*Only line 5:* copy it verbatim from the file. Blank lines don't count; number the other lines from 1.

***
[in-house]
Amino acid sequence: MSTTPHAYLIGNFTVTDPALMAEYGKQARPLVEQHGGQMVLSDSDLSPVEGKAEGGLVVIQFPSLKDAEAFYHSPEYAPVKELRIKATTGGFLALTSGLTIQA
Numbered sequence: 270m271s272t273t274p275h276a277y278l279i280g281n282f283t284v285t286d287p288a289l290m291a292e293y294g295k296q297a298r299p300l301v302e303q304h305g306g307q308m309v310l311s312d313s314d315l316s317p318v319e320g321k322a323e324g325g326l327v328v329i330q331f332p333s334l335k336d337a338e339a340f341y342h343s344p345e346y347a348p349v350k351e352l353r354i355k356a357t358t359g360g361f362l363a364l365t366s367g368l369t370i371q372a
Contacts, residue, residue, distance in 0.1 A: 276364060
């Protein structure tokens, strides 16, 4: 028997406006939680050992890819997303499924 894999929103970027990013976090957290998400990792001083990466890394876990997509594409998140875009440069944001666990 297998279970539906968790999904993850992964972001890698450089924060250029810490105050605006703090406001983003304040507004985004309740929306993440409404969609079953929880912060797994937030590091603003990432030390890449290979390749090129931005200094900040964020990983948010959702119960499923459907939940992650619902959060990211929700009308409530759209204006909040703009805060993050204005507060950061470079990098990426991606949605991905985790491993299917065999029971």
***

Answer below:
């Protein structure tokens, strides 16, 4: 028997406006939680050992890819997303499924 894999929103970027990013976090957290998400990792001083990466890394876990997509594409998140875009440069944001666990 297998279970539906968790999904993850992964972001890698450089924060250029810490105050605006703090406001983003304040507004985004309740929306993440409404969609079953929880912060797994937030590091603003990432030390890449290979390749090129931005200094900040964020990983948010959702119960499923459907939940992650619902959060990211929700009308409530759209204006909040703009805060993050204005507060950061470079990098990426991606949605991905985790491993299917065999029971």